“A Speech is not an essay up on its hind legs!”
The biggest difference between preparing a speech and preparing an essay is the audience. The essay’s audience—a reader—takes in the written ideas through the eyes. A public presentations’ audience, however, understands the speaker’s ideas by seeing, hearing and “feeling” the speaker by using their eyes, ears and heart. If an essay’s ideas aren’t clear, its audience can read the words over and over again. When speaking in front of a live audience, however, you only have one shot at getting your point across.
Good news! You can get your point across in one shot with structure.
I like to think of a speech as a journey that you and your audience take together. You don’t want to lose your audience, so plan for a clear beginning (introduction), middle (body) and end (conclusion).
FIRST: Decide where you’re going. Where are you taking your audience? We call this your PURPOSE, and speakers often begin their planning by writing a purpose statement.
Purpose statements are ambitious, active and audience focused.
Here are some examples:
- My purpose is to teach my audience three ways they can turn data into clear, useful charts.
- My purpose is to persuade my audience to vote for this new idea because it’s affordable, quick to implement and will have long-lasting positive impact.
- My purpose is to inspire my audience by sharing research that may predict sustainable life on Mars.
A purpose statement is critical in speech planning because:
- It keeps you “one sentence clear.” You know where you’re headed with the audience.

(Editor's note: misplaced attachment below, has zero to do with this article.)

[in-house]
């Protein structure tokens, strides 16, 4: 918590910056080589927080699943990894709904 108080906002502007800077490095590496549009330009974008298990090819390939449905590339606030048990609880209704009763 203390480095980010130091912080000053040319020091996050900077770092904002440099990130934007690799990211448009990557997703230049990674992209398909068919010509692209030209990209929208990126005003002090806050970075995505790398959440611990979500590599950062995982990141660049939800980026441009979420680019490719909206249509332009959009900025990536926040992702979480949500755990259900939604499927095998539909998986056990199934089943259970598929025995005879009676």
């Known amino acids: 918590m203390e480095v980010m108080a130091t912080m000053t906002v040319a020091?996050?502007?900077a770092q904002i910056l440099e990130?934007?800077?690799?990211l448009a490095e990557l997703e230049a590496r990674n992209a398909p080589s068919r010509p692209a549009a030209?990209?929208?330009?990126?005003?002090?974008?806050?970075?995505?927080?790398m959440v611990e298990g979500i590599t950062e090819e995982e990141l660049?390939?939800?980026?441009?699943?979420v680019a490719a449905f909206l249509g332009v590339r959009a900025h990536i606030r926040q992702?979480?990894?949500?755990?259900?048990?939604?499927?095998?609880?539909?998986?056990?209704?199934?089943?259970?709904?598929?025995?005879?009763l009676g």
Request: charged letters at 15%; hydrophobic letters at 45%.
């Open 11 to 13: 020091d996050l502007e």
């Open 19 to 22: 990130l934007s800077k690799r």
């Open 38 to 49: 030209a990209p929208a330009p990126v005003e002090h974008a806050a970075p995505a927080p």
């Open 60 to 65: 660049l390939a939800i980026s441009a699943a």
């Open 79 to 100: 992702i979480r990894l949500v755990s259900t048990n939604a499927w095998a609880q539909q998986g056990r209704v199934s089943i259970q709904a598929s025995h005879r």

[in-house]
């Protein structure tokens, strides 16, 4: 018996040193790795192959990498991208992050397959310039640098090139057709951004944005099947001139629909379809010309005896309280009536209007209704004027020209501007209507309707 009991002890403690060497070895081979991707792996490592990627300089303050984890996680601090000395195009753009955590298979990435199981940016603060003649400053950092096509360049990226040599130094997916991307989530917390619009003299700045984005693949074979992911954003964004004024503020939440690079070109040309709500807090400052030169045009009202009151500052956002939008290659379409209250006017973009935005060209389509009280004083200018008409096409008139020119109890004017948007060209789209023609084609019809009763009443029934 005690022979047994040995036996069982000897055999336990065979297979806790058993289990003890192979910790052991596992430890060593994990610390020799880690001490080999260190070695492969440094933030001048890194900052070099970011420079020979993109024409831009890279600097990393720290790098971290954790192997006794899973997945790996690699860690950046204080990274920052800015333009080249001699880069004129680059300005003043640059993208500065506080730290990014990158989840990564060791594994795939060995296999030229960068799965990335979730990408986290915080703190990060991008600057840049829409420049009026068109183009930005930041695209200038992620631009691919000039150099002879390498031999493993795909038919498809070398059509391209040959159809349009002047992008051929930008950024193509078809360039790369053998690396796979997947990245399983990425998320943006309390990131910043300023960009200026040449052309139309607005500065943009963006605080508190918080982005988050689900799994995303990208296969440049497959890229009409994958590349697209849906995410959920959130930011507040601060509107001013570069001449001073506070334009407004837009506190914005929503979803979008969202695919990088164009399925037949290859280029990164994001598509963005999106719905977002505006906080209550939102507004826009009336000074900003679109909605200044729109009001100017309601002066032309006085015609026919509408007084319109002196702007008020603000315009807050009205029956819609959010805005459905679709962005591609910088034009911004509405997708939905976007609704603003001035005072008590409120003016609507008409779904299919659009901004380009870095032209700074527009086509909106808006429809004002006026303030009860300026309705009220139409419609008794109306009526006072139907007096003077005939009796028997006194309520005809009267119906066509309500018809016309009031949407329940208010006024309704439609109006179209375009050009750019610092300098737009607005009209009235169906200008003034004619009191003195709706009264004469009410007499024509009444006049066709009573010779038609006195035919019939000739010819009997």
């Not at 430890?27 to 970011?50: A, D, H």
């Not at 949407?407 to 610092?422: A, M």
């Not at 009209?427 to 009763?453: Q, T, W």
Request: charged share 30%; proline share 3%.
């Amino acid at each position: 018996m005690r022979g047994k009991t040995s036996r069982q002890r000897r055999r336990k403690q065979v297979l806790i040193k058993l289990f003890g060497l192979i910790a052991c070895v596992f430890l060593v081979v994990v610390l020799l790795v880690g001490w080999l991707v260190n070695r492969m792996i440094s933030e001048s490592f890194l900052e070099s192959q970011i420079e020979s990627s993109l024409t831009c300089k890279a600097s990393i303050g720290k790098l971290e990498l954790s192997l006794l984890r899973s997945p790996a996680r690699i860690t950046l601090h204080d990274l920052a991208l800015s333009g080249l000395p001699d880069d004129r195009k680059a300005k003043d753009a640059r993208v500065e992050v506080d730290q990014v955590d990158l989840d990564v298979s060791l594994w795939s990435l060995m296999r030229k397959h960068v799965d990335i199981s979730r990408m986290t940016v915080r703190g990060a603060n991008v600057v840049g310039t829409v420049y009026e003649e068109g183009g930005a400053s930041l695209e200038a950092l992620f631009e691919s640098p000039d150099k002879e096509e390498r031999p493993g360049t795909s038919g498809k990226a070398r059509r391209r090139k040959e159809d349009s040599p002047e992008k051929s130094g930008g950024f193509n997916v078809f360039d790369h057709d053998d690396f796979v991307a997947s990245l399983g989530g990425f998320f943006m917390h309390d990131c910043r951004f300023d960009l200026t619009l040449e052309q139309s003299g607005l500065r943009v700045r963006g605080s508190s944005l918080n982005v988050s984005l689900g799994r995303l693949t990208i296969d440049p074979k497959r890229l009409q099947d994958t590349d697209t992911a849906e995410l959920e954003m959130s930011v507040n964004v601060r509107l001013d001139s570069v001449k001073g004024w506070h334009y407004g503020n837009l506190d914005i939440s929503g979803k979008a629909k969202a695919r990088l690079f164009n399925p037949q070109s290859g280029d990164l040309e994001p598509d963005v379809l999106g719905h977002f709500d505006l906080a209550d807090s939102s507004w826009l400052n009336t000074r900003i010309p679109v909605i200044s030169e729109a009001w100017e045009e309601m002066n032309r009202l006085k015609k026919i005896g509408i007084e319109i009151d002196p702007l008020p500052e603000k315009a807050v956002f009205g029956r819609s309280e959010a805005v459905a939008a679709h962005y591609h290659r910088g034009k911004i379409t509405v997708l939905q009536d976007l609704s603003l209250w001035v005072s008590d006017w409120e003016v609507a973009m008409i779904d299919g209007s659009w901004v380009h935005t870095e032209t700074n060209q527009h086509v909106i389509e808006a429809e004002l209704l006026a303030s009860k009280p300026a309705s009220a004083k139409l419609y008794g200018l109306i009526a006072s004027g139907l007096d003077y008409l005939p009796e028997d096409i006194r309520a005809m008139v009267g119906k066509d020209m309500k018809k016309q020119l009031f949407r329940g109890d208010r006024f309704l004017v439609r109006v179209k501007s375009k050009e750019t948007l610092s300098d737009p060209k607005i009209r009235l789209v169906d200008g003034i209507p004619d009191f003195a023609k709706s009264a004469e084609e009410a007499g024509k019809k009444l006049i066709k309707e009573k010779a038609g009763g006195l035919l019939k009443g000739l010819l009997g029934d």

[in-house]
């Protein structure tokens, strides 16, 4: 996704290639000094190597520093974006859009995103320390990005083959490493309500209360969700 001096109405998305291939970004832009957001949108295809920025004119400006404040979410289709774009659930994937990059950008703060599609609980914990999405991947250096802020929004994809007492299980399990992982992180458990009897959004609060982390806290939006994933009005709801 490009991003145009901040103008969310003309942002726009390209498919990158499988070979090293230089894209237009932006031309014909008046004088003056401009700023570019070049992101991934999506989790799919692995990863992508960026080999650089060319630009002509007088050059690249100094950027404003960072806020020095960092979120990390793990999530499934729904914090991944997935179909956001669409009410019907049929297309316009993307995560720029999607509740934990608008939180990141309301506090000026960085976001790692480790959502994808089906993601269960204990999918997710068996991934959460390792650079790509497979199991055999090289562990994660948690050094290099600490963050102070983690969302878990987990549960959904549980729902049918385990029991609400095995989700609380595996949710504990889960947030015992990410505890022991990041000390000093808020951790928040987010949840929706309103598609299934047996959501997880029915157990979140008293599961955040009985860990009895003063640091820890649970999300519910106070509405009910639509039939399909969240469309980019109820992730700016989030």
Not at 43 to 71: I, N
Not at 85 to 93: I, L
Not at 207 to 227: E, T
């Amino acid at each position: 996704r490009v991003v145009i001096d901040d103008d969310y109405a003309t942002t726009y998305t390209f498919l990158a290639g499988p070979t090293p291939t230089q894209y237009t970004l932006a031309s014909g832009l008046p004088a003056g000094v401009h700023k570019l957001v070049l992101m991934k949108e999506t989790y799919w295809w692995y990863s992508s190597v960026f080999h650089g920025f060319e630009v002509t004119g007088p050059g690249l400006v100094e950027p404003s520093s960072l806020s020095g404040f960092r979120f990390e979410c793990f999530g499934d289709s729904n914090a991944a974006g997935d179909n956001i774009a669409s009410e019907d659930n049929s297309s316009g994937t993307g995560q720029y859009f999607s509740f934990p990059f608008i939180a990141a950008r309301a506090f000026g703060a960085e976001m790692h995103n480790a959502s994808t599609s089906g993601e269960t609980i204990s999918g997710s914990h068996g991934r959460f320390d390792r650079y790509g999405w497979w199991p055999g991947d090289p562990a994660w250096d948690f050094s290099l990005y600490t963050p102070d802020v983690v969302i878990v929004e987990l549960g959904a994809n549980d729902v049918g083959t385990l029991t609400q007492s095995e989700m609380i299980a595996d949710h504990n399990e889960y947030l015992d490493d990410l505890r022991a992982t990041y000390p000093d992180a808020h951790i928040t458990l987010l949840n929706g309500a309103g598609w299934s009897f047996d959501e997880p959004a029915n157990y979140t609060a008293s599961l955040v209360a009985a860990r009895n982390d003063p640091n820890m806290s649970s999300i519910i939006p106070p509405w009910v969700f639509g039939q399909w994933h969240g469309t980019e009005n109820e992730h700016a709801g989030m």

- It basically writes the body of your speech for you. (three ways to turn data into charts; vote because it’s affordable, quick and lasting; the two to three ways my research might predict sustainability on Mars...)
- It gives you a way to evaluate how successful you were after your presentation. Ask yourself: Did I achieve my purpose?
Now that you have your purpose statement, you can write your Introduction, right? WRONG!
Begin writing your speech by outlining the body of the speech first. Then write the introduction. You can’t introduce what you haven’t written yet, so begin with the body of the speech first.
Ultimately, the outline of your speech will have an introduction, a body and a conclusion.
- Engage the audience. Start with a story, a startling statement, statistic, or a question that grabs your audience’s attention. The best presentations begin by answering “why...” In other words, why you are excited about your research or speech topic, and most important, why the audience should care. Watch Simon Sinek’s TED talk for inspiration.
- Focus the presentation. Now that your audience knows why they should care, state your thesis or goal. Let your audience know what they’ll learn.
- Preview the presentation’s structure, content or approach to let the audience know how the presentation will unfold.
Organize your talk logically and clearly around 2-3 main points or arguments. For each major section of your presentation, follow the “4 S Structure”1:
- Signpost the point (“First, I’m going to point out the problem with...” My second argument is that...” “Now let me explain my methodology.”)
- State the point clearly and succinctly
- Support the point with data, cases, description, relevant studies, etc.
- Summarize the point
Then make a clear transition to the next major section.
Summarize and re-focus. Review key points or arguments. Restate the thesis.
- Close. Create a closing statement. Nodding back to the introduction can alert the audience that the speech has come to an end and provides a satisfying sense of final closure. Avoid using “Thank you” as your conclusion. Wait until the audience applauds. Then, thank them for that.